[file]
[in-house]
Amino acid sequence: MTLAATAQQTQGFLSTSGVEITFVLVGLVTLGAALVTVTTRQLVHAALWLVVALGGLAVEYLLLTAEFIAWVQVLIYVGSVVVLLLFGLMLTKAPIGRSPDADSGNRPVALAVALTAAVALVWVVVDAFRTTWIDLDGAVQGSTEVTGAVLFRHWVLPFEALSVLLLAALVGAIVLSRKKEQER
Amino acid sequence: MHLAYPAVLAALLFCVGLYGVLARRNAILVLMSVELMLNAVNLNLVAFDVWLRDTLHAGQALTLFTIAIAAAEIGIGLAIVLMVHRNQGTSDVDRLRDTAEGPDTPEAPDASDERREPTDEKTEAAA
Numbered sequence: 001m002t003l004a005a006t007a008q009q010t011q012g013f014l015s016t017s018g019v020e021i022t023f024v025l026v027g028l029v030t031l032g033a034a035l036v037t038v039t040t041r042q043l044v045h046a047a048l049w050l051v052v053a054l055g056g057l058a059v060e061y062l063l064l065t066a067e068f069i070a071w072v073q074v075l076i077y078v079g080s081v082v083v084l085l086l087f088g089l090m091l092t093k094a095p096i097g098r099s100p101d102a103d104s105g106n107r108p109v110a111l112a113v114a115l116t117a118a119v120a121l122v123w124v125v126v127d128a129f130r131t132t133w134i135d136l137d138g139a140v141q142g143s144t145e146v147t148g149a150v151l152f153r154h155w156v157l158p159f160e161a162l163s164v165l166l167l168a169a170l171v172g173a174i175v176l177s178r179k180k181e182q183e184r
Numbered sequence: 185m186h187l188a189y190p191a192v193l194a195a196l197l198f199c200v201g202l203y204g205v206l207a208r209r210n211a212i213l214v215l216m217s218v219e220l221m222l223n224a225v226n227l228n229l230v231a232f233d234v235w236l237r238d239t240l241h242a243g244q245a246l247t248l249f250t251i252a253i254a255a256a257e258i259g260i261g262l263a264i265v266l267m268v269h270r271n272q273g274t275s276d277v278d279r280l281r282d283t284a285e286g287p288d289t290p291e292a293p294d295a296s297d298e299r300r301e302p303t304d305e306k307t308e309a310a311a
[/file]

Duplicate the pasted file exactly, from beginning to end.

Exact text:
[in-house]
Amino acid sequence: MTLAATAQQTQGFLSTSGVEITFVLVGLVTLGAALVTVTTRQLVHAALWLVVALGGLAVEYLLLTAEFIAWVQVLIYVGSVVVLLLFGLMLTKAPIGRSPDADSGNRPVALAVALTAAVALVWVVVDAFRTTWIDLDGAVQGSTEVTGAVLFRHWVLPFEALSVLLLAALVGAIVLSRKKEQER
Amino acid sequence: MHLAYPAVLAALLFCVGLYGVLARRNAILVLMSVELMLNAVNLNLVAFDVWLRDTLHAGQALTLFTIAIAAAEIGIGLAIVLMVHRNQGTSDVDRLRDTAEGPDTPEAPDASDERREPTDEKTEAAA
Numbered sequence: 001m002t003l004a005a006t007a008q009q010t011q012g013f014l015s016t017s018g019v020e021i022t023f024v025l026v027g028l029v030t031l032g033a034a035l036v037t038v039t040t041r042q043l044v045h046a047a048l049w050l051v052v053a054l055g056g057l058a059v060e061y062l063l064l065t066a067e068f069i070a071w072v073q074v075l076i077y078v079g080s081v082v083v084l085l086l087f088g089l090m091l092t093k094a095p096i097g098r099s100p101d102a103d104s105g106n107r108p109v110a111l112a113v114a115l116t117a118a119v120a121l122v123w124v125v126v127d128a129f130r131t132t133w134i135d136l137d138g139a140v141q142g143s144t145e146v147t148g149a150v151l152f153r154h155w156v157l158p159f160e161a162l163s164v165l166l167l168a169a170l171v172g173a174i175v176l177s178r179k180k181e182q183e184r
Numbered sequence: 185m186h187l188a189y190p191a192v193l194a195a196l197l198f199c200v201g202l203y204g205v206l207a208r209r210n211a212i213l214v215l216m217s218v219e220l221m222l223n224a225v226n227l228n229l230v231a232f233d234v235w236l237r238d239t240l241h242a243g244q245a246l247t248l249f250t251i252a253i254a255a256a257e258i259g260i261g262l263a264i265v266l267m268v269h270r271n272q273g274t275s276d277v278d279r280l281r282d283t284a285e286g287p288d289t290p291e292a293p294d295a296s297d298e299r300r301e302p303t304d305e306k307t308e309a310a311a